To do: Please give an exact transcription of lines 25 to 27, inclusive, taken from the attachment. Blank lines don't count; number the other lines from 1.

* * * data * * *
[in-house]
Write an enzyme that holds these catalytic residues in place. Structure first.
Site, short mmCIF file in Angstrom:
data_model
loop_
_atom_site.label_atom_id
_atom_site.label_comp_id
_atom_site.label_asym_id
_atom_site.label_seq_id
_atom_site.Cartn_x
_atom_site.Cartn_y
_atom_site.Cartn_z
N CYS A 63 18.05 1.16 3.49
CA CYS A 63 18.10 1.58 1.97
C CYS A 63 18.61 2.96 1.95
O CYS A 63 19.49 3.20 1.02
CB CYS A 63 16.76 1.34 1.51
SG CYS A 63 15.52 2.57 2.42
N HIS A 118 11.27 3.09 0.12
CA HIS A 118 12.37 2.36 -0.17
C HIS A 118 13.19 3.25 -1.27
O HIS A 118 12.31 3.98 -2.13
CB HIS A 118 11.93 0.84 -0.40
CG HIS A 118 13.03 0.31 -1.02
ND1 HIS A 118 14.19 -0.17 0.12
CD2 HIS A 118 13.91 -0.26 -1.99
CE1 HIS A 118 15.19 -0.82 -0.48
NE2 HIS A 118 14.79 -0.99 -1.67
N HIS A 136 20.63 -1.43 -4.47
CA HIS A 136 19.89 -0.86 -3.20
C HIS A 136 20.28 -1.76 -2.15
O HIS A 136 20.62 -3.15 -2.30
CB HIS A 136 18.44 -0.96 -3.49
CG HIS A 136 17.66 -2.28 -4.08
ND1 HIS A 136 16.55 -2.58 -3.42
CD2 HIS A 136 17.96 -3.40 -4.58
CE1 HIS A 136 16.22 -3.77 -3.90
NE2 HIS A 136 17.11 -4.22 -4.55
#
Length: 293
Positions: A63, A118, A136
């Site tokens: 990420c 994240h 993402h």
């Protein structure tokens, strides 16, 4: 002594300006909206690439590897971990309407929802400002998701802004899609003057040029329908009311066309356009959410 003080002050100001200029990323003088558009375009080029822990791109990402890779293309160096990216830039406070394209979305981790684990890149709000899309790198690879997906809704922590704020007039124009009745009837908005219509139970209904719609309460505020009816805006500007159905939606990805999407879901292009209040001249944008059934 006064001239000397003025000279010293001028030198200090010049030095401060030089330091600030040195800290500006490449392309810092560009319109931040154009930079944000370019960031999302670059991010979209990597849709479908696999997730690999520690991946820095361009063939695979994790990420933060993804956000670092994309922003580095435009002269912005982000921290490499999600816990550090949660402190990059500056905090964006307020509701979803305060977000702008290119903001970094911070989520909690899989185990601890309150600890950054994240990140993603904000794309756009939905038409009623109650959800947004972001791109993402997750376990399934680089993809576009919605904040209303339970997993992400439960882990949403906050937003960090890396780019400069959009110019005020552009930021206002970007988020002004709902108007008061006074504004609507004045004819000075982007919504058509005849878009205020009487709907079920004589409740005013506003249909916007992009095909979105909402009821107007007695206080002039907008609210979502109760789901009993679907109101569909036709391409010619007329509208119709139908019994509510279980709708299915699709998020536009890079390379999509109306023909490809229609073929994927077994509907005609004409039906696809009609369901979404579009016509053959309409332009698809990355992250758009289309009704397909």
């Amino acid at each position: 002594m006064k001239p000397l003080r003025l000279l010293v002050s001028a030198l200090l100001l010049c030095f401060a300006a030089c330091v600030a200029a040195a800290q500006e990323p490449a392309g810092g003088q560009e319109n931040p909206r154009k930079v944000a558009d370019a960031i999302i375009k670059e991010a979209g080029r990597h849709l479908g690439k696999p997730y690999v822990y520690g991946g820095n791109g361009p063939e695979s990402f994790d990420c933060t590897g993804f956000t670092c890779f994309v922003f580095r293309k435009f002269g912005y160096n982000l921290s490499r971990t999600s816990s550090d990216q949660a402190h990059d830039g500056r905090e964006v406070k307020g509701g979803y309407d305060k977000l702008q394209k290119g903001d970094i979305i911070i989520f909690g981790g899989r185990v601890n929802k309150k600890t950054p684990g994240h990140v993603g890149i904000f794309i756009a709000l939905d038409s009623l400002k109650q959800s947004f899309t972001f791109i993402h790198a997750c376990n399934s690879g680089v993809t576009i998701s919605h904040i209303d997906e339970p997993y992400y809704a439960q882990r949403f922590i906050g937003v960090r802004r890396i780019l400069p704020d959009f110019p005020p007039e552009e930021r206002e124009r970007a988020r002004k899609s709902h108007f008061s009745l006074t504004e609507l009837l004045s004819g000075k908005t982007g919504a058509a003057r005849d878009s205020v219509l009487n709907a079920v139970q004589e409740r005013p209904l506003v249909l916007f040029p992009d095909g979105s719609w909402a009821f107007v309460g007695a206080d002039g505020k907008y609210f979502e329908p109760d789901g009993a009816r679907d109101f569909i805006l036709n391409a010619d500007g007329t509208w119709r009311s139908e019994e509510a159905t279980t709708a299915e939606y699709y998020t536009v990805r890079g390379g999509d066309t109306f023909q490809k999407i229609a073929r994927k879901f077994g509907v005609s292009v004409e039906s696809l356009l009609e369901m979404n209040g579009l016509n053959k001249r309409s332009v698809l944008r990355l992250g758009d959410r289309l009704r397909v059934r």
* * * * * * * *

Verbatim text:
ND1 HIS A 118 14.19 -0.17 0.12
CD2 HIS A 118 13.91 -0.26 -1.99
CE1 HIS A 118 15.19 -0.82 -0.48